We have enjoyed excellent relationships with our colleagues at FEMA Region X, with the Coast Guard, other members of the military, and that goes to the point I made earlier about how plans are good intentions but planning makes for the relationships where you get to know one another’s’ resources. So I would characterize our office’s relationship with our federal partners as absolutely excellent. We’ve had many years of completely open dialogue and training, and we practice together. Now even more so because of the Regional Catastrophic Preparedness Grant.
 

What are your office’s primary goals going forward?

Continuation as far as recovery planning goes. We have a basic Emergency Support Function-14 in our plan that puts a structure in place to take us from the response phase of an incident through short- and long-term recovery. But there’s a lot more work that we need to put into post-disaster recovery planning, from housing and job reconstitution, and infrastructure rebuilding, that’s going to be a major initiative for us. Also, the regional catastrophic grant will go away in a few years. When it does, by the time it does, we need to have institutionalized an ongoing commitment to that kind of regional partnership.

So I think we’ve got the willing players at the table, but the planning grant has enabled us to actually produce something, so we need not to slide backward when that goes away. Another major thing is determining how we’ll make better use of social media. For instance many of our departments already blog or share information over Twitter and Facebook and all that sort of thing, but we really aren’t conversational with the community at this point yet. So I think government in general—and we’re included in that—needs to figure out how we’re going to make the best possible use of the ability to be in conversation with your community. I guess another initiative that we fit into at a national level is capabilities assessment. Congress is interested in learning how have we bought down risk and built up capability with all the homeland security grants. But those grants only account for 2 or 3 percent of what cumulatively local and state governments put into capabilities. We need to do a better job at showing how we have assessed our capabilities and measured the results of those investments.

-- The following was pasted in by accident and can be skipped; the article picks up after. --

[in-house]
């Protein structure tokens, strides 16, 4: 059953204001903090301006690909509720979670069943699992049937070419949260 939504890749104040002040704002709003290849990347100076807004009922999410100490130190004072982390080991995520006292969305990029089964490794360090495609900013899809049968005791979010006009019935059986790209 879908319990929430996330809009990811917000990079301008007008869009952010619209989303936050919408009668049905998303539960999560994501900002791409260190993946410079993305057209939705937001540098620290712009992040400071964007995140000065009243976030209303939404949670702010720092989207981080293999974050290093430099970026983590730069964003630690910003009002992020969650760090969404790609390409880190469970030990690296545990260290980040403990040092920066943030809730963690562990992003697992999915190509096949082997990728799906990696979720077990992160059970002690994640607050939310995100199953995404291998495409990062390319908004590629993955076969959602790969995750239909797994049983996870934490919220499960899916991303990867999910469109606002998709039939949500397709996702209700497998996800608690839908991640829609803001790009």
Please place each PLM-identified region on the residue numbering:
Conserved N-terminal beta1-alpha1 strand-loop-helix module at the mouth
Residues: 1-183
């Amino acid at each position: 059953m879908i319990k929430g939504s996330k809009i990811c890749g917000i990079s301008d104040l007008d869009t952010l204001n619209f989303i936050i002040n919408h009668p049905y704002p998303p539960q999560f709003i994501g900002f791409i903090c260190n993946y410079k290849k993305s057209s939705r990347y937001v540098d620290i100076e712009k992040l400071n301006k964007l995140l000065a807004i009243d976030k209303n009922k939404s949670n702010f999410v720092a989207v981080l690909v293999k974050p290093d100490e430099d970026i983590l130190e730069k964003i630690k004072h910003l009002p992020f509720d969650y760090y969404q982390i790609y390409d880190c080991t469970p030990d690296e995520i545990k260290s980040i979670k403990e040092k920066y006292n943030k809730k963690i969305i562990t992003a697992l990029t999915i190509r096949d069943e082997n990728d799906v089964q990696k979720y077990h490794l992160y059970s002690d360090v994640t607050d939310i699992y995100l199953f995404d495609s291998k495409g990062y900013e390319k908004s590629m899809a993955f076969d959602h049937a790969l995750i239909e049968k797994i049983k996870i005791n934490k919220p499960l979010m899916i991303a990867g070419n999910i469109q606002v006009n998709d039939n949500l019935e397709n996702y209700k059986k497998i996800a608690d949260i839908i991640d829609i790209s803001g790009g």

Comments

 

The Magazine — Past Issues

 




Beyond Print

SM Online

See all the latest links and resources that supplement the current issue of Security Management magazine.